money and ads over the years. We really don't want to there again. The
hobby has been ad-free for almost 150 years and we are working very hard at
keeping it that way. We've decided, as a group, that we'd rather ask for
money than have an individual profit from the hobby. We've found that
people are rather forthcoming with cash, particularly if minimal
contributions can keep a site ad-free. Perhaps this is a discussion we
should have on this list too.
How would you decide which companies provide a service to the group? Seems
like a rather unilateral decision-making process. Are others on this list
comfortable with that? Of particular concern to the letterboxing community
right now, is the fact that the company you provide advertising for is a
direct competitor to a company that has been instrumental in the development
of letterboxing in the US.
I guess my biggest beef here, is that one individual, to the best of my
knowledge not an active letterboxer, stand to profit financially from the
work of others.
I've just received Alan's note on dot com, ads and linking to others' pages,
and I concur with him.

Pierre wrote:
>Please keep geocaching as it was born: simple, natural, passionate, not
>commercial,... Trying to make money out of it will kill it!

I agree.
Randy wrote:

>I personally think it could be useful technology, but I think you should
>work with the LbNA folks on it (or at least the owners of >the copy) before
>just republishing stuff and pulling down revenue.

And Jeremy wrote:
>My ultimate goal is to increase awareness of both games - letterboxing and
>GPS stashing.

Despite all that precedes, I do believe we can find a way to accomplish
these goals. I do feel strongly though that it will need to:
1. Be ad-free,
2. Respect the copyright of the clue publisher, and
3. Be achieved through open and fair communication between all partied
Ultimately, I feel that the work and skills Jeremy brings to the table can
be beneficial to both communities, but perhaps they do not make sense under
the umbrella. I look forward to a healthy debate on these
I apologize to this list for the length of this post, and its apparent
letterboxing bias. I believe the issues I raised are very much relevant to
what we on this list do as well.
Best Regards,
From: "Jeremy Irish"
Date: Wed Jan 31, 2001 11:32 am
Subject: Leaving this list

Apparently my emails are now being moderated by the list owner. For this
reason I will no longer be responding to emails on this mailing list.

The new official mailing list is now located on the site. Send an email to list-request@g... with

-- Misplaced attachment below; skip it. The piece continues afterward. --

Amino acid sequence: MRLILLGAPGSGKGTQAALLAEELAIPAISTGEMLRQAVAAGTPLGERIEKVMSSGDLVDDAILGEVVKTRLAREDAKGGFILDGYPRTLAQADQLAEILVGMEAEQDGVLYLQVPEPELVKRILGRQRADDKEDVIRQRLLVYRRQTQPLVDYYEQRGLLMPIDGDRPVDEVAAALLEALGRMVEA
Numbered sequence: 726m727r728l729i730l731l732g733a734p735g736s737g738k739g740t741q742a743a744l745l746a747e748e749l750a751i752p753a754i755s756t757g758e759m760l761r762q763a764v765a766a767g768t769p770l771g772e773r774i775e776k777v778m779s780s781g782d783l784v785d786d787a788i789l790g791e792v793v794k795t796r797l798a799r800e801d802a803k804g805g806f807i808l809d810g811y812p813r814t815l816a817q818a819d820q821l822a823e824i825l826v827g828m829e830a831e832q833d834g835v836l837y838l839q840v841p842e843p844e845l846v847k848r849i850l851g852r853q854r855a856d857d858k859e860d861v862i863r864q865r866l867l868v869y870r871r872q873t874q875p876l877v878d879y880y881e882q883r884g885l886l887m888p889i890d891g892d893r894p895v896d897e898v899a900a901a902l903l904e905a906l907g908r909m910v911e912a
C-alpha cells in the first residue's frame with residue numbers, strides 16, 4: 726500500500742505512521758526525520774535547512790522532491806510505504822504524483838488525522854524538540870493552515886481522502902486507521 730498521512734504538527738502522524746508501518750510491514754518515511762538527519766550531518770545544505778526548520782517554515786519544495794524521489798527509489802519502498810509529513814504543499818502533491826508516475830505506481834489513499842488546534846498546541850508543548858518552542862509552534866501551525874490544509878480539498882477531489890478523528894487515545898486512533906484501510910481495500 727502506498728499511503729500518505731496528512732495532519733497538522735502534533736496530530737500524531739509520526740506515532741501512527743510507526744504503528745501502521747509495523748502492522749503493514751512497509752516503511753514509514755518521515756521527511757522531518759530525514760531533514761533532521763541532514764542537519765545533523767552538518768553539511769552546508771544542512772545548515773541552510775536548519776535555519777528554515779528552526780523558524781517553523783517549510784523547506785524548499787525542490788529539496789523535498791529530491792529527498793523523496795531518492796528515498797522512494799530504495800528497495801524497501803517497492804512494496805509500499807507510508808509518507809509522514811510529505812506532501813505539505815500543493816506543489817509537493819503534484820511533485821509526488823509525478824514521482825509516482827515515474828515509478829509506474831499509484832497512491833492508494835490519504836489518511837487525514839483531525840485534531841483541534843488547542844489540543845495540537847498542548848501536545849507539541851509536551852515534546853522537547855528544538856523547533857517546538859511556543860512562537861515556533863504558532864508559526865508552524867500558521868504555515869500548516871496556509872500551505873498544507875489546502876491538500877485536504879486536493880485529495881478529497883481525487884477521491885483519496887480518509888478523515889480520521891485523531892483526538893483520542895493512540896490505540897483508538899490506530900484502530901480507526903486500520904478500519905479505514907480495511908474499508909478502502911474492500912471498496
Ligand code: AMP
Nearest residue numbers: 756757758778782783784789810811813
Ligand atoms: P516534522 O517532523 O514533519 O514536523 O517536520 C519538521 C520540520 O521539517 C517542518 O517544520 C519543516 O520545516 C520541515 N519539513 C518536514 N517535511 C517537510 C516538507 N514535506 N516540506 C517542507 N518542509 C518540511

"subscribe" (no quotes) in the body of the message. The mailing list will be
ad free.

Regarding waypoints, we will not be providing a list at this time. Any
distribution of the waypoint list is in direct violation of copyright and
will adversely affect the game. I'd be happy to discuss it further on the
new mailing list.


Jeremy Irish

Quinn Lawsuit;act=ST;f=3;t=71
Posted: July 06 2002,3:38 pm

What mud? Oh, just the usual "Dave Ulmer is a god on Earth but Jeremy is a
bad man for trying to make a few bucks while I buy my Navicache shirt like
a raging hypocrite" mud.

Okay, lets clear this up a tad... It was you that mentioned "make sure it's
the right mud"!

I sell shirts on the website to cover the very small cost of server space
that the site requires. Not once have I ever said other wise. By the way
you act like I have five people packing these shirts as if millions are
going out the door daily. If a shirt sells, fine! but to be honest they
only sell once in a while and it's no big deal to me either way.

Now, lets get to the "right" mud. Not sure who you are or what your
intentions are in posting here (which is all fine and dandy) But just try
to go into Jeremy's forum and type the word "Navicache" and see what
happens, it gets censored. 3/4 of actual facts about who created
Geocaching and the true story behind it have all been censored and deleted
from those very forums. The only time you see something left in is if by
chance it seems to make him look good in the public eye.

For the better part of a year and a half I have heard nothing but how he
wants to only help the sport and keep it from falling into the hands of
other wanting to turn it commercial, well take a better look because thats
exactly what that site is and nothing more. People have very positive
opinions of him and they are entitled to feel that way, I on the other hand
have extremely negative feelings based on facts that I myself have
encountered (most of them directly from him to me)

This fellow watched the sport become created, then quickly ran out and
app'd for copy right as if he were the one that came up with the idea.
Heck...he even told the reporters he "coined" the term.

When Navicache was first placed on the net I was contacted by Jeremy
telling me that if I did not remove the word "Geocaching" from my website
that I would face a lawsuit, and I was not the only one that was threatened
with this as Buxleys Maps were also contacted in this fashion.